Posted: May 28th, 2021

Waging War: The Iraq War and its implications

The United States of America has always viewed itself as a “Big Brother” responsible for protecting others and helping them is desperate times. This may prove to be a Good Samaritan act. However, at times, circumstances warrant that things be done according to what is just.  George Bernard Shaw once said that the reasonable man adapts himself to the world but the unreasonable one persists in trying to adapt the world to himself that as a result, all progress depends on the unreasonable man. In the course of history, this appears to be the truth (Young, 1995).
World Politics determine the relationship that exists among states today.  Even the course of history is greatly affected by decisions pertaining to politics and international law. It has become a determining factor in assessing the harmonious relationship between and among states, recognizing equality, sovereignty and respect for power and authority (Jensen, 1982).
Quite noticeable is how, historically, States to what the United States has dictated. Political camaraderie has always been far more important than plain public service to subordinates and constituents. The Iraq War has magnified all the necessary details of unjust practice of desire for political advancement and world dominance (Graham 2000).

This paper seeks to discuss how the Iraq war has not served its purpose at all, making it being unjustified all the more understandable.
The premise on Iraq war lies on the misery experience by the people. President George W. Bush has aggressively pointed out that the threat of weapons of mass destruction such as chemicals and biological weapons, contribute to the misery of Iraq. This is because of the fact that sanctions in connection with this threat has added significantly to the poor living conditions of Iraqi people when it comes to the exercise of their freedom.
President Bush labelled Saddam as a Madman in control of a very dangerous weapon and capable of spreading terror and strife. This argument has reached far and wide, magnifying the unjustified conditions of Iraqis under the leadership of Saddam Hussein.  This is evident on the fact that for almost 25 million inhabitants of Iraq, the per capita income is becoming less and less compared to five or six years ago.
Its economy shrank to more than six percent and among its major problems are mortality, malnutrition and poverty. The life of the Iraqis on a daily basis has been tremendously difficult, far worse than its situation a decade ago.  This is the main reason on which President Bush has hoped to bank on when convincing others to join in the United States’ plight to wage war against Iraq.
Now that everything has been done and over with, has it been a justifiable cause? The answer is a resounding NO. Primarily because the condition of Iraq has not improved after such war waged against it. More significant is the fact that mortality rates have increased, hurting more American troops and Iraqis in the process. Terrorism has not decreased but all the more became rampant.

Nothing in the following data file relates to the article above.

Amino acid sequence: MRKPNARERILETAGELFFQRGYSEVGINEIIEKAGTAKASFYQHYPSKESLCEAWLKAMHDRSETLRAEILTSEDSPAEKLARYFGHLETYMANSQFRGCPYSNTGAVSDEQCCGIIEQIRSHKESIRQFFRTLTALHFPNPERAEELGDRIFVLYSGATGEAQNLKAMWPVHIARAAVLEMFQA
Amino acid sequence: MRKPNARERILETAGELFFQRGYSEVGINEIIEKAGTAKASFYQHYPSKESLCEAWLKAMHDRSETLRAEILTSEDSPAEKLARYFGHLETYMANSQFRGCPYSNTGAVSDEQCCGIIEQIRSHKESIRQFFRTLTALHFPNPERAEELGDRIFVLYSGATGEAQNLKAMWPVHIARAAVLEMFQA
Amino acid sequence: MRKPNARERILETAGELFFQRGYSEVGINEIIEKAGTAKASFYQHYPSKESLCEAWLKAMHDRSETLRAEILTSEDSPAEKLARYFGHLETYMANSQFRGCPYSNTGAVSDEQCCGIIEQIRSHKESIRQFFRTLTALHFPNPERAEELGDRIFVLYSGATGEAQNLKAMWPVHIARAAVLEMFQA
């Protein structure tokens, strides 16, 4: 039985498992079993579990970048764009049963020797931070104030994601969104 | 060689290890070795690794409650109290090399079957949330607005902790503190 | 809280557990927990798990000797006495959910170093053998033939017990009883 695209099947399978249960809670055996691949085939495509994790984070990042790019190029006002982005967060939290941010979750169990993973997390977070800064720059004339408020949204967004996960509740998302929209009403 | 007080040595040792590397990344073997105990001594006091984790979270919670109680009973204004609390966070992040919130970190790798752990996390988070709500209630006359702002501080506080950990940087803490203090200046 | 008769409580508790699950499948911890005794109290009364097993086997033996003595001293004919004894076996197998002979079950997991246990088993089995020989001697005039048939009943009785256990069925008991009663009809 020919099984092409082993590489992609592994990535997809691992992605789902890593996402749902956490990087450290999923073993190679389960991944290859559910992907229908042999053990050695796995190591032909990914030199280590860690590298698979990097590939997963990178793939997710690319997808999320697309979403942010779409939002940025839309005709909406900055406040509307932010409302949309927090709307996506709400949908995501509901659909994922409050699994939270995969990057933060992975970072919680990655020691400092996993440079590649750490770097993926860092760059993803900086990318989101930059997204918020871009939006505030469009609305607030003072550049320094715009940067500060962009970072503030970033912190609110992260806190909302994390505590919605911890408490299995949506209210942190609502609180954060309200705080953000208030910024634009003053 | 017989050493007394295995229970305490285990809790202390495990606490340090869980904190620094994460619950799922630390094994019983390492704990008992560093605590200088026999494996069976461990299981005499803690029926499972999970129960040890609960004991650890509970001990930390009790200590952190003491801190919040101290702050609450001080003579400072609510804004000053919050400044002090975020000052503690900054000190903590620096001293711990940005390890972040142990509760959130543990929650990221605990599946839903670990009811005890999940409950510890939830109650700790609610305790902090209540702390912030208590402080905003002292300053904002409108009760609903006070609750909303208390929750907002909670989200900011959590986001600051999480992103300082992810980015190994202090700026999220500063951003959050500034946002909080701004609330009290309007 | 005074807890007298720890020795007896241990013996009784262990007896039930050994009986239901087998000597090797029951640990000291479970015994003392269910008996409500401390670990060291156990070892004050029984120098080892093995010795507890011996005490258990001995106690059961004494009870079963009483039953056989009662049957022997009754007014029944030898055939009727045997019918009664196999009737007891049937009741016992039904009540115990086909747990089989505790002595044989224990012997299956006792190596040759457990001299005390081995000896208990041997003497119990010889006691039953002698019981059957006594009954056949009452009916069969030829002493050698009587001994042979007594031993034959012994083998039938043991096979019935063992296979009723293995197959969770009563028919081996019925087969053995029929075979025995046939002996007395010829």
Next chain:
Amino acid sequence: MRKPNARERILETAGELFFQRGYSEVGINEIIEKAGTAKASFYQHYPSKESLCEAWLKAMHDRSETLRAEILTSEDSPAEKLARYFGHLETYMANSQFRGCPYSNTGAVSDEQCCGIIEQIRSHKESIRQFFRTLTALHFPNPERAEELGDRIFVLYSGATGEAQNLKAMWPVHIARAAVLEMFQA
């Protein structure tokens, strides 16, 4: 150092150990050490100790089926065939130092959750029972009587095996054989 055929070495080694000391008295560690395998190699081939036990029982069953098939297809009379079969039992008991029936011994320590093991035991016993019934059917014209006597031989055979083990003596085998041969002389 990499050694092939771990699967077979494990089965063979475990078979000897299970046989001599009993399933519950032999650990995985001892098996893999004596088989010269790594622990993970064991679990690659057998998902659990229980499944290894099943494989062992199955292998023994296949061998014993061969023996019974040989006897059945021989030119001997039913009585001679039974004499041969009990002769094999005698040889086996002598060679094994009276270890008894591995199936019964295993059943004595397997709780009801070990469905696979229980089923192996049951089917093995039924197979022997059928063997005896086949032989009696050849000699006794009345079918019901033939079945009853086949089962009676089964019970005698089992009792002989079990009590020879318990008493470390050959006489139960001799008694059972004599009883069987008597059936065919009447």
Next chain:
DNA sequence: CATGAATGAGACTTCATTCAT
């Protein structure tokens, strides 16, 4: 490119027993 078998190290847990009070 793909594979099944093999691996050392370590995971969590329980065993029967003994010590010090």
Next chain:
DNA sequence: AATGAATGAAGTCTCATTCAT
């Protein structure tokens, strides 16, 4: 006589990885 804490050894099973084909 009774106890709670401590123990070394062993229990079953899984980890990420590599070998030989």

Another argument is the catching of a “madman” on the loose. Saddam Hussein has been captured and his demise has not changed anything. Terrorism still exists, and his avid followers continue to flourish long after he is gone. The end result—- misery and struggle among the people. The war on Iraq is nothing but a political move to help sustain American economy, which is practically a war economy.
The fact that waging war would solicit support from other countries means that America would once again flourish in the eyes of so many people thinking that the “saviour” is here again. But come to think of it, has anything resulted from such war? Aside from achieving President Bush’ goal of seeing Saddam in his demise, nothing else has been considered a productive result. The claim of existence of weapons of mass destruction has been proven futile. No proof f such claim has been produced.
In effect, what could be concluded is the fact that the United States has took advantage of the terrorism issue, magnified it and pointed it directly on Iraq, so that people all over the world will sympathize and unite with them in removing Saddam and waging war. Presently, what we have is an Iraq with a civilian government, a more “free” society but at the end of it all still looms the fact that people are suffering, having lost the identity of a country invaded by foreign entities.
The war on Iraq was based on less compelling reasons. At the expense of the people, President Bush has been successful in removing Saddam, but has he been successful enough in making true his promise that suffering and poverty will be addressed and given proper solution? NO.
Years have already passed since the war, nut no improvement has been evident. The plight of the Iraqis now is far worse than when they had a dictator for a government.
Jensen, Lloyd. Explaining Foreign Policy. Englewood Cliffs, N.J.: Prentice Hall, 1982.
Ray, James Lee. Democracies and International Conflict. Columbia: University of South
Carolina Press, 1995.
Greenstein, Fred. Personality and Politics .Princeton, N.J: Princeton University Press, 1987.
Neustadt, Richard. Presidential Power. New York: Wiley, 1976.
Graham, Allison. Essence of Decision. Boston: Little Brown, 2000.
Baumgartner, Frank. Agendas and Instability in American Politics. Chicago: University of Chicago Press, 1993.
Young, Oran. System and Society in World Affairs: Implications for International Organizations. New York: Mc Millan 1995.

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